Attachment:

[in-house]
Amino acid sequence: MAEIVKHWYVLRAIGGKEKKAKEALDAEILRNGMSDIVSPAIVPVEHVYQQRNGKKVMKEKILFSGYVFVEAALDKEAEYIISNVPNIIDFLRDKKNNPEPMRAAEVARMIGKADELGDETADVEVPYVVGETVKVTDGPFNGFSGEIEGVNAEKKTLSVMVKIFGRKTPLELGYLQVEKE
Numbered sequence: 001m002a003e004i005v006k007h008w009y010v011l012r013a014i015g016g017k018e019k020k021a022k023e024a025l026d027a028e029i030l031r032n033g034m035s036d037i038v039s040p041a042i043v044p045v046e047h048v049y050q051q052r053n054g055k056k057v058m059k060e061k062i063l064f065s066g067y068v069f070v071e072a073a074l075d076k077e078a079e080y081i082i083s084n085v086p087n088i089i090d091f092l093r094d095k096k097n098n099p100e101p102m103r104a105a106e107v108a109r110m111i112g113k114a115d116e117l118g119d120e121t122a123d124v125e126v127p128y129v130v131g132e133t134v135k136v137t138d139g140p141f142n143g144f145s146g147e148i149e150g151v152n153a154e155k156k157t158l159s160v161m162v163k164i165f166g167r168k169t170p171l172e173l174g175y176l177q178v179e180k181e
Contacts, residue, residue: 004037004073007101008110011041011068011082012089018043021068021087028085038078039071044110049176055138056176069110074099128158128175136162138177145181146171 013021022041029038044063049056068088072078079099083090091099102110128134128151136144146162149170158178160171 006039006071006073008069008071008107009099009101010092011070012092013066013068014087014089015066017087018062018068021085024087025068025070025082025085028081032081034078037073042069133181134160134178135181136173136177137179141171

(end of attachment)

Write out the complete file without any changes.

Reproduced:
[in-house]
Amino acid sequence: MAEIVKHWYVLRAIGGKEKKAKEALDAEILRNGMSDIVSPAIVPVEHVYQQRNGKKVMKEKILFSGYVFVEAALDKEAEYIISNVPNIIDFLRDKKNNPEPMRAAEVARMIGKADELGDETADVEVPYVVGETVKVTDGPFNGFSGEIEGVNAEKKTLSVMVKIFGRKTPLELGYLQVEKE
Numbered sequence: 001m002a003e004i005v006k007h008w009y010v011l012r013a014i015g016g017k018e019k020k021a022k023e024a025l026d027a028e029i030l031r032n033g034m035s036d037i038v039s040p041a042i043v044p045v046e047h048v049y050q051q052r053n054g055k056k057v058m059k060e061k062i063l064f065s066g067y068v069f070v071e072a073a074l075d076k077e078a079e080y081i082i083s084n085v086p087n088i089i090d091f092l093r094d095k096k097n098n099p100e101p102m103r104a105a106e107v108a109r110m111i112g113k114a115d116e117l118g119d120e121t122a123d124v125e126v127p128y129v130v131g132e133t134v135k136v137t138d139g140p141f142n143g144f145s146g147e148i149e150g151v152n153a154e155k156k157t158l159s160v161m162v163k164i165f166g167r168k169t170p171l172e173l174g175y176l177q178v179e180k181e
Contacts, residue, residue: 004037004073007101008110011041011068011082012089018043021068021087028085038078039071044110049176055138056176069110074099128158128175136162138177145181146171 013021022041029038044063049056068088072078079099083090091099102110128134128151136144146162149170158178160171 006039006071006073008069008071008107009099009101010092011070012092013066013068014087014089015066017087018062018068021085024087025068025070025082025085028081032081034078037073042069133181134160134178135181136173136177137179141171